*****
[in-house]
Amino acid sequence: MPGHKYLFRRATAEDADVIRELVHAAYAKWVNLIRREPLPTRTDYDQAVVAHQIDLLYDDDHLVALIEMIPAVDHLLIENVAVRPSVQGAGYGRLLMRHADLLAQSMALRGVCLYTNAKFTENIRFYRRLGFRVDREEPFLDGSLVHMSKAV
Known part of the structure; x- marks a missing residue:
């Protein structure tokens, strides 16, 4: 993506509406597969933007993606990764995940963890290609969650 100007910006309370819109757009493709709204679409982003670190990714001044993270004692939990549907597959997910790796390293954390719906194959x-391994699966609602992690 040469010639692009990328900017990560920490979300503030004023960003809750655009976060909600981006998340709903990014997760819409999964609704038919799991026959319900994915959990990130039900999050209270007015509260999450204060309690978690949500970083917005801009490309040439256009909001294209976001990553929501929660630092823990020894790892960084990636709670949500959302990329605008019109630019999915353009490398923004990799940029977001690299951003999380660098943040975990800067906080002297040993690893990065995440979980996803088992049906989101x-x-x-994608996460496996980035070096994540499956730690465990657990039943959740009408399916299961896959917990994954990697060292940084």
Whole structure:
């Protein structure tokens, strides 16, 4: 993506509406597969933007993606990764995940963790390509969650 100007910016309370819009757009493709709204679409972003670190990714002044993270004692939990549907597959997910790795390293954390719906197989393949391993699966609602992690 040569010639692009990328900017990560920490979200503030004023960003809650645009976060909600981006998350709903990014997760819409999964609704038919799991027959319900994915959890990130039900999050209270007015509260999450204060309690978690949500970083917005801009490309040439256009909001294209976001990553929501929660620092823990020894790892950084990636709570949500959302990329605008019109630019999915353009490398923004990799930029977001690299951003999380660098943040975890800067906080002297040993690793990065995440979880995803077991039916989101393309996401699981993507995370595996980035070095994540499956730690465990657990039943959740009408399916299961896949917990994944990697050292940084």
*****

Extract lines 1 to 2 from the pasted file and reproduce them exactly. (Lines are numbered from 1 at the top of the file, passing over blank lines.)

[in-house]
Amino acid sequence: MPGHKYLFRRATAEDADVIRELVHAAYAKWVNLIRREPLPTRTDYDQAVVAHQIDLLYDDDHLVALIEMIPAVDHLLIENVAVRPSVQGAGYGRLLMRHADLLAQSMALRGVCLYTNAKFTENIRFYRRLGFRVDREEPFLDGSLVHMSKAV